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Coronavirus spread accelerates in Middle East, Europe and South Korea

The World Health Organisation says outbreaks in South Korea, Italy, Iran and Japan are the agency’s greatest concern.

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The coronavirus has spread to more countries (AP/Ahn Young-joon)

The coronavirus has spread to more countries (AP/Ahn Young-joon)

The coronavirus has spread to more countries (AP/Ahn Young-joon)

Outbreaks of the coronavirus strain known as Covid-19 are gathering pace in the Middle East, Europe and South Korea.

World Health Organisation (WHO) leader Tedros Adhanom Ghebreyesus has said outbreaks in South Korea, Italy, Iran and Japan are the agency’s greatest concern and the virus is uniquely capable of community transmission but could be contained with the right measures.

In South Korea, Covid-19 cases increased on Tuesday, with 477 new infections reported, largely in and around the south-eastern city of Daegu, where many cases were clustered around a local church. In total, 4,812 in South Korea have tested positive for the virus.

HEALTH Coronavirus
(PA Graphics)

The country’s death toll rose to 28 and President Moon Jae-in said his government would push to inject more than 30 trillion won (£19.5 billion) to fund clinics, aid for small businesses and other measures related to the virus. It requires parliamentary approval.

He said “the entire country has entered a war against an infectious disease”.

Meanwhile, the G7 major economies have pledged to use “all appropriate tools” to deal with the spreading coronavirus, but announced no immediate actions.

In a joint statement on Tuesday, the group said it was “ready to take actions, including fiscal measures where appropriate, to aid in the response to the virus and support the economy”.

The joint statement from the US, UK, Japan, Germany, France, Italy and Canada was issued after a conference call among the finance ministers and central bank presidents, led by US treasury secretary Steven Mnuchin and federal reserve Chairman Jerome Powell.

The G7 has issued similar statements during periods of market turmoil, such as the September 11 terror attacks in 2001.

It said: “Given the potential impacts of Covid-19 on global growth, we reaffirm our commitment to use all appropriate policy tools to achieve strong, sustainable growth and safeguard against downside risks.”

Markets have been looking for a strong immediate response that would include coordinated rate cuts by central banks. US markets, which had been gyrating, went negative.

Investors are looking for the Fed to cut rates by their next meeting on March 17-18, and possibly beforehand.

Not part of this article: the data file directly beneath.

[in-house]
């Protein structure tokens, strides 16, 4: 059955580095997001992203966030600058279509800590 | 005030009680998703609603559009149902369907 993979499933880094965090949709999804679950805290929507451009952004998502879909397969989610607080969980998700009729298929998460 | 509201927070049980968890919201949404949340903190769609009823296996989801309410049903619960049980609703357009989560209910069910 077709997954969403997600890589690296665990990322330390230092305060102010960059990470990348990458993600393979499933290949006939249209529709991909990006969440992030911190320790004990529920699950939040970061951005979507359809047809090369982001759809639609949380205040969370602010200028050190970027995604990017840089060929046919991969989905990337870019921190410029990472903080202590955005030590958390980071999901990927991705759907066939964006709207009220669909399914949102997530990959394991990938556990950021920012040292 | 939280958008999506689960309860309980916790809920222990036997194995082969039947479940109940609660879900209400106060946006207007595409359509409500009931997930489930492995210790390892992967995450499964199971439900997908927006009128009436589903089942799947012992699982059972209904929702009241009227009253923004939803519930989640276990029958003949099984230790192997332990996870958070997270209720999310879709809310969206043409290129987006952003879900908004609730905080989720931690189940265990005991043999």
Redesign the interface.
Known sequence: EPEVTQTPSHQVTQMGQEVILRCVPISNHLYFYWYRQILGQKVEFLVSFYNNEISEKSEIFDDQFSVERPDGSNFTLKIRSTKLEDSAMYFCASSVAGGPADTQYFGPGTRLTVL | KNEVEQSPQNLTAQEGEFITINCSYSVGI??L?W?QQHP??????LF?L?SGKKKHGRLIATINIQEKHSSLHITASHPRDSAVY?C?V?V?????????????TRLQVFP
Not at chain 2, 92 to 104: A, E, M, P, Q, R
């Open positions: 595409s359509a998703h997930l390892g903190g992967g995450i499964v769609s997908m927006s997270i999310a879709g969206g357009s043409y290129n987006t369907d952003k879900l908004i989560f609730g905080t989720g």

Shares on most Asian stock markets rose for a second day, following the Dow Jones Industrial Average surging nearly 1,300 points, or 5%.

“The fear factor is still very high,” said Kirk Hartman, president of Wells Fargo Asset Management.

In China, the count of new virus cases is dropping, with just 125 new cases after a six-week low of 202 a day earlier. It is still by far the hardest-hit country, with 80,151 cases and 2,943 deaths. The virus has been detected in at least 70 countries with 90,000 cases and 3,100 deaths.

In Iran, WHO experts arrived to help local health workers and deliver supplies. France, Germany and the United Kingdom said they would urgently fly test supplies, protective body suits and gloves to Iran, and offered about 5 million euro (£4.3 million) in support.

Iran’s judiciary chief, Ebrahim Raisi, said some people were stockpiling medical supplies for profit, and urged prosecutors to show “no mercy for hoarders”.

“Hoarding sanitising items is playing with people’s lives and it is not ignorable,” Mr Raisi said.

People wearing face masks in Tehran
Iranian officials have warned people against stockpiling medical supplies (AP/Vahid Salemi)

In Italy, the count of infected people continued rising to 2,036 and officials said it could take up to two weeks to know whether measures including quarantines in 11 northern towns were working.

The US count of Covid-19 cases surpassed 100 in 11 states. President Donald Trump and his cabinet met with pharmaceutical executives on Monday to discuss how to speed up the search for a vaccine. Aides in the US Congress said negotiations were nearing completion on an emergency funding bill to fund a vaccine development and offer disaster loans to businesses hurt by the crisis.

In Japan, questions continued to build about how the virus might affect the Olympics.

Chinese athletes have already fanned out of their country, with the table tennis team in Qatar, the women’s basketball team in Croatia and wrestlers in Serbia.

The games are set to open in Tokyo on July 24 and the president of the International Olympic Committee said the organisation remained committed to going forward as planned.

PA